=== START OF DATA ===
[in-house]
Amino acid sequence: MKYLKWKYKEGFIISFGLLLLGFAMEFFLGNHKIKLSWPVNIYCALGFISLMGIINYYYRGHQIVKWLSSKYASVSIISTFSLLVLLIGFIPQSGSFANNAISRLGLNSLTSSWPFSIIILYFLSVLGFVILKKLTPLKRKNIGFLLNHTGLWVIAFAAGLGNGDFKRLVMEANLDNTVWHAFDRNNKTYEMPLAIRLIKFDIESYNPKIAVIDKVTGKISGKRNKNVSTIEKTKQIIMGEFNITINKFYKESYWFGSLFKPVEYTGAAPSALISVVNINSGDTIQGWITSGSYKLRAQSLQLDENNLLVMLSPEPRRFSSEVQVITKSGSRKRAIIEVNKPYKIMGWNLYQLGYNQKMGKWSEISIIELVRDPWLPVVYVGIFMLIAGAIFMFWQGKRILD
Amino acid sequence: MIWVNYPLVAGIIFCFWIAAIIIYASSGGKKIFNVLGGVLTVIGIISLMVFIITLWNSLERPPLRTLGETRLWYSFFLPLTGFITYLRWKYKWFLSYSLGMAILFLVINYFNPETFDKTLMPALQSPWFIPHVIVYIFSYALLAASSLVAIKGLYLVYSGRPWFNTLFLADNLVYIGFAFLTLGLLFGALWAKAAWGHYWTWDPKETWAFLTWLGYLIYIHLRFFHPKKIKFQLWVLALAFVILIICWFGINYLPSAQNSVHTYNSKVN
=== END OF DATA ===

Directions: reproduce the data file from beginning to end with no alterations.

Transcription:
[in-house]
Amino acid sequence: MKYLKWKYKEGFIISFGLLLLGFAMEFFLGNHKIKLSWPVNIYCALGFISLMGIINYYYRGHQIVKWLSSKYASVSIISTFSLLVLLIGFIPQSGSFANNAISRLGLNSLTSSWPFSIIILYFLSVLGFVILKKLTPLKRKNIGFLLNHTGLWVIAFAAGLGNGDFKRLVMEANLDNTVWHAFDRNNKTYEMPLAIRLIKFDIESYNPKIAVIDKVTGKISGKRNKNVSTIEKTKQIIMGEFNITINKFYKESYWFGSLFKPVEYTGAAPSALISVVNINSGDTIQGWITSGSYKLRAQSLQLDENNLLVMLSPEPRRFSSEVQVITKSGSRKRAIIEVNKPYKIMGWNLYQLGYNQKMGKWSEISIIELVRDPWLPVVYVGIFMLIAGAIFMFWQGKRILD
Amino acid sequence: MIWVNYPLVAGIIFCFWIAAIIIYASSGGKKIFNVLGGVLTVIGIISLMVFIITLWNSLERPPLRTLGETRLWYSFFLPLTGFITYLRWKYKWFLSYSLGMAILFLVINYFNPETFDKTLMPALQSPWFIPHVIVYIFSYALLAASSLVAIKGLYLVYSGRPWFNTLFLADNLVYIGFAFLTLGLLFGALWAKAAWGHYWTWDPKETWAFLTWLGYLIYIHLRFFHPKKIKFQLWVLALAFVILIICWFGINYLPSAQNSVHTYNSKVN